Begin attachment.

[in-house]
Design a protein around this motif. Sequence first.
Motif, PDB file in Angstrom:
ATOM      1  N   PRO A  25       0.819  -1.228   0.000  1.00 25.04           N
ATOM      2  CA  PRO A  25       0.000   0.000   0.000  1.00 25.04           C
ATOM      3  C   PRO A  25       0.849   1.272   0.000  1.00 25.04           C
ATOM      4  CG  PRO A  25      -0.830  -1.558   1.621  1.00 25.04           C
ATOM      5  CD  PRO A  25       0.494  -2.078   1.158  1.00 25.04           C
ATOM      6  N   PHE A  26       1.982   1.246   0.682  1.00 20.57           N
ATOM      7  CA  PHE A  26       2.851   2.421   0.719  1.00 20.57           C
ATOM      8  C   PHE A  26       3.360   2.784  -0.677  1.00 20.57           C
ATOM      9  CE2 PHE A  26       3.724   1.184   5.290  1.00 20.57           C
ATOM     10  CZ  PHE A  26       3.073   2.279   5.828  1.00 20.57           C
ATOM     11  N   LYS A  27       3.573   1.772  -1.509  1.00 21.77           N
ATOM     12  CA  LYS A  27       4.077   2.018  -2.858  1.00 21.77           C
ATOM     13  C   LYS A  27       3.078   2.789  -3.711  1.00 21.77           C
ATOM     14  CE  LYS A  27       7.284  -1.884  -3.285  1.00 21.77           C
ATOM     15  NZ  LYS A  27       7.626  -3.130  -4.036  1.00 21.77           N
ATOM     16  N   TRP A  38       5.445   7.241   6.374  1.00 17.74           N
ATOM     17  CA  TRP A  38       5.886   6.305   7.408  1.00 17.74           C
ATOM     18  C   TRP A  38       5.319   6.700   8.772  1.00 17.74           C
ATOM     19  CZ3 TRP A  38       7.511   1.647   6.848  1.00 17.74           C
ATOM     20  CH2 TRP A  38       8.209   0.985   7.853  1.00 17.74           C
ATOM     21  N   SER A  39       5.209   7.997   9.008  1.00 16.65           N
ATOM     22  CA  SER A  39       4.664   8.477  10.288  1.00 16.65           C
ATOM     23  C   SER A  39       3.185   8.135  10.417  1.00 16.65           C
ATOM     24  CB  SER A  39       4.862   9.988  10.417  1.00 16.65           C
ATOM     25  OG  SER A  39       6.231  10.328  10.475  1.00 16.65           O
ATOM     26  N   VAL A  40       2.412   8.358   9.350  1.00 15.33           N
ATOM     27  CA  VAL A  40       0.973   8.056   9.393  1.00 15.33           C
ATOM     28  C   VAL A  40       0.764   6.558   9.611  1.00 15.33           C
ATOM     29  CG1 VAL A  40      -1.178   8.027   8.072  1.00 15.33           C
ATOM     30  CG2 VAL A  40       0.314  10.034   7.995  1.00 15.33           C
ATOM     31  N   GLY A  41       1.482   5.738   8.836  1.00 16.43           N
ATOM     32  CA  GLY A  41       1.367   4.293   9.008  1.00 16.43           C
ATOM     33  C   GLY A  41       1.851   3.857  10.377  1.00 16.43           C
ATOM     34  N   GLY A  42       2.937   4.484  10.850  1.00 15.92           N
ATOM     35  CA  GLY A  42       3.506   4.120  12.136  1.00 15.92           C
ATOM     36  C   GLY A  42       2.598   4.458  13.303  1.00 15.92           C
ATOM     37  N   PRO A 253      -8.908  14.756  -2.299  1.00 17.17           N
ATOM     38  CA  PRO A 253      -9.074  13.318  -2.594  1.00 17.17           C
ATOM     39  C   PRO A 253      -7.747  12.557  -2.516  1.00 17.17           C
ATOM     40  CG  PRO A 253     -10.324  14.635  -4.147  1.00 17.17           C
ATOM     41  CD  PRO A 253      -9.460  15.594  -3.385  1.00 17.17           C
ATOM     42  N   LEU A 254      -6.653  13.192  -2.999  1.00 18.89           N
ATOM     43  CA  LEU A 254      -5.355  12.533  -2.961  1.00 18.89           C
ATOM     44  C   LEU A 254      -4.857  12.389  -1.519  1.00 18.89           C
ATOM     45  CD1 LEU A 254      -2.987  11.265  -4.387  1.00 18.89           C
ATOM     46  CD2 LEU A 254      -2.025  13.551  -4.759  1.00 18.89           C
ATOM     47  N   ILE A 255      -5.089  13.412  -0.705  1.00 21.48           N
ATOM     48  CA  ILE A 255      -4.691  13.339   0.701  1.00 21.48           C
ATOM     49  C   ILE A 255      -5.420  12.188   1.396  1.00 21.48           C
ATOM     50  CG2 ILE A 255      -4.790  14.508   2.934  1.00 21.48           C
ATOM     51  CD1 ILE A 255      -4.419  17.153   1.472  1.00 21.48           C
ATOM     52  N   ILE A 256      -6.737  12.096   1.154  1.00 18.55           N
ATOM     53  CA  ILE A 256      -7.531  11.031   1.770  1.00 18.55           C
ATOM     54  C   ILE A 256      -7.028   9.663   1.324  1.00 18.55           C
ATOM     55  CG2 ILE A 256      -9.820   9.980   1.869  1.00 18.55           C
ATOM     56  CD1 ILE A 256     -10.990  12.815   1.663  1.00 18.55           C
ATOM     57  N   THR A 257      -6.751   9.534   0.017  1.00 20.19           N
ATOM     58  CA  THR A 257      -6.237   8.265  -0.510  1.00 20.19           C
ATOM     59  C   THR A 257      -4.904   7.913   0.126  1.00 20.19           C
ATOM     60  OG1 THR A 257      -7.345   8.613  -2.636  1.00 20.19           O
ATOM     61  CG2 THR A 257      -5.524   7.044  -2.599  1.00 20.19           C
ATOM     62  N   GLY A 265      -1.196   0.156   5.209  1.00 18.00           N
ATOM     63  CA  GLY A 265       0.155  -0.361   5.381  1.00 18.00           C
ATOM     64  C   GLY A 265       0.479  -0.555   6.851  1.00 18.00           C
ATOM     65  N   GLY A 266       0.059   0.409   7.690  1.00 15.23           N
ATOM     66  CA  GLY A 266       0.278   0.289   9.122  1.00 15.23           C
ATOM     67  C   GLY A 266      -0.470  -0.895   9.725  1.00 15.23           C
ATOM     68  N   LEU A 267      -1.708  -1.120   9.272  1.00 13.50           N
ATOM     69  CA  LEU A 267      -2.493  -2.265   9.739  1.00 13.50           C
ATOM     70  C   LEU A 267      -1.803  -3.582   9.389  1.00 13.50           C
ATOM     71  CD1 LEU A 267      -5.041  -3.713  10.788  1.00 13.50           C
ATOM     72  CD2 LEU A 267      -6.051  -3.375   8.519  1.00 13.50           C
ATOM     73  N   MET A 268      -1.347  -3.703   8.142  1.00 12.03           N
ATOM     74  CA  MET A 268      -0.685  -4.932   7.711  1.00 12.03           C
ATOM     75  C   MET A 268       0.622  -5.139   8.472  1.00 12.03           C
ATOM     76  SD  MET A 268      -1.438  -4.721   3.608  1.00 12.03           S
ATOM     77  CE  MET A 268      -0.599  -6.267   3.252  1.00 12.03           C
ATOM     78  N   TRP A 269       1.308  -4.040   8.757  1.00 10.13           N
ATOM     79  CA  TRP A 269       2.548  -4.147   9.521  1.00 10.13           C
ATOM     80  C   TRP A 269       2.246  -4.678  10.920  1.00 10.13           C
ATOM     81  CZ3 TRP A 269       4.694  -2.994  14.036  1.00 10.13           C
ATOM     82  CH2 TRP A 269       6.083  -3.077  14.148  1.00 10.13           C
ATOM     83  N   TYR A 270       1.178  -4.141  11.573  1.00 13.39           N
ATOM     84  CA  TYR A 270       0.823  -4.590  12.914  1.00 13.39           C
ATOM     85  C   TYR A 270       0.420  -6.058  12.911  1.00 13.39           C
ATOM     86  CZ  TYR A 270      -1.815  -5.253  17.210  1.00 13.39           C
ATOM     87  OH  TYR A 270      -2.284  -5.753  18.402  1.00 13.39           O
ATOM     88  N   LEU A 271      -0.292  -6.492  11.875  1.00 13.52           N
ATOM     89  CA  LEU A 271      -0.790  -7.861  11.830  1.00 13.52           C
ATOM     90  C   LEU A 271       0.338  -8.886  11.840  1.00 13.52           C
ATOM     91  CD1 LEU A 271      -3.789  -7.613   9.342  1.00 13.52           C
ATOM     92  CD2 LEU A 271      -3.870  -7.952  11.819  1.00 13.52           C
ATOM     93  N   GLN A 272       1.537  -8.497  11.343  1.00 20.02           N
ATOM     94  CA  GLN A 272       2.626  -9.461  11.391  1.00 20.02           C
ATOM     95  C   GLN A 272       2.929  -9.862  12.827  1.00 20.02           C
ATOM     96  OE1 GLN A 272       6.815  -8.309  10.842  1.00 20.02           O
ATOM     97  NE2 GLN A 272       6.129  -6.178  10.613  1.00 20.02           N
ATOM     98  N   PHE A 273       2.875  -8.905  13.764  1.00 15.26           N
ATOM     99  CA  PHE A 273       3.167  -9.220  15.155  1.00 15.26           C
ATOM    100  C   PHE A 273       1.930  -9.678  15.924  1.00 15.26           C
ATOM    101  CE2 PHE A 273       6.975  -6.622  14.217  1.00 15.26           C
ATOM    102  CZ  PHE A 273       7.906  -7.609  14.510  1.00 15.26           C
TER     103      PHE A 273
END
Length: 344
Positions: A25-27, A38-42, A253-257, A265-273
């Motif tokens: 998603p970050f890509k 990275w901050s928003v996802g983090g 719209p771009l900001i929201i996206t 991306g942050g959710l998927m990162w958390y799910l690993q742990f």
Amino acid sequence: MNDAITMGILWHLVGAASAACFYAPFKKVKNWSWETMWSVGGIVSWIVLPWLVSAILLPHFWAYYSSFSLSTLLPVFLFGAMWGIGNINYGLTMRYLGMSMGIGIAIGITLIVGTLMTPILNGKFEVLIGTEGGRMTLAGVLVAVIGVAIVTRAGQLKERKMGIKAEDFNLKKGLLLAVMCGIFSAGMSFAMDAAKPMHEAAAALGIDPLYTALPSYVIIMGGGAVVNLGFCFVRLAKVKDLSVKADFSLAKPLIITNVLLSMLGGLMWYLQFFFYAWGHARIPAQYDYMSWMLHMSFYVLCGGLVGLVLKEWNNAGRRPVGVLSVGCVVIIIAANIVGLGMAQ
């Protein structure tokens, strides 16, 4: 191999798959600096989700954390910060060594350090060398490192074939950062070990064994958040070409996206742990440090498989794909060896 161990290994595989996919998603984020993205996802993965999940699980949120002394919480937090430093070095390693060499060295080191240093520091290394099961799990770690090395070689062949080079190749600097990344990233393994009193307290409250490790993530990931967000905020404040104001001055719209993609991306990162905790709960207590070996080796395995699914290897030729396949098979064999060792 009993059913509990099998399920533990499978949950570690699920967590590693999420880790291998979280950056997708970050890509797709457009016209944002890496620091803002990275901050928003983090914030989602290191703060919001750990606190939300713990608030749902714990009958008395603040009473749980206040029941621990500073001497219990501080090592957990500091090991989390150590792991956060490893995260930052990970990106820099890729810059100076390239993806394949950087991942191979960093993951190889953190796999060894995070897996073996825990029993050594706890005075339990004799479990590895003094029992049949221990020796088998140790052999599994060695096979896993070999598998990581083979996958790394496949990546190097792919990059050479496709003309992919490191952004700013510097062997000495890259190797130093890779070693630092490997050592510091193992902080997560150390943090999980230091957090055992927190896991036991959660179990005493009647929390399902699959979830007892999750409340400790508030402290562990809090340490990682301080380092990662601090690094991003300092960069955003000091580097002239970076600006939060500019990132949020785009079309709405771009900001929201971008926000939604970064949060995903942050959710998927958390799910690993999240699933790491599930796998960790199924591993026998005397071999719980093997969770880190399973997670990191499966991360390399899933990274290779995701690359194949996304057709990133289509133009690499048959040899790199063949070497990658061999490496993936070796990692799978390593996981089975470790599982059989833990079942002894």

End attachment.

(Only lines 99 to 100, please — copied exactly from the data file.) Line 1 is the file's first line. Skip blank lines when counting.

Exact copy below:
ATOM     96  OE1 GLN A 272       6.815  -8.309  10.842  1.00 20.02           O
ATOM     97  NE2 GLN A 272       6.129  -6.178  10.613  1.00 20.02           N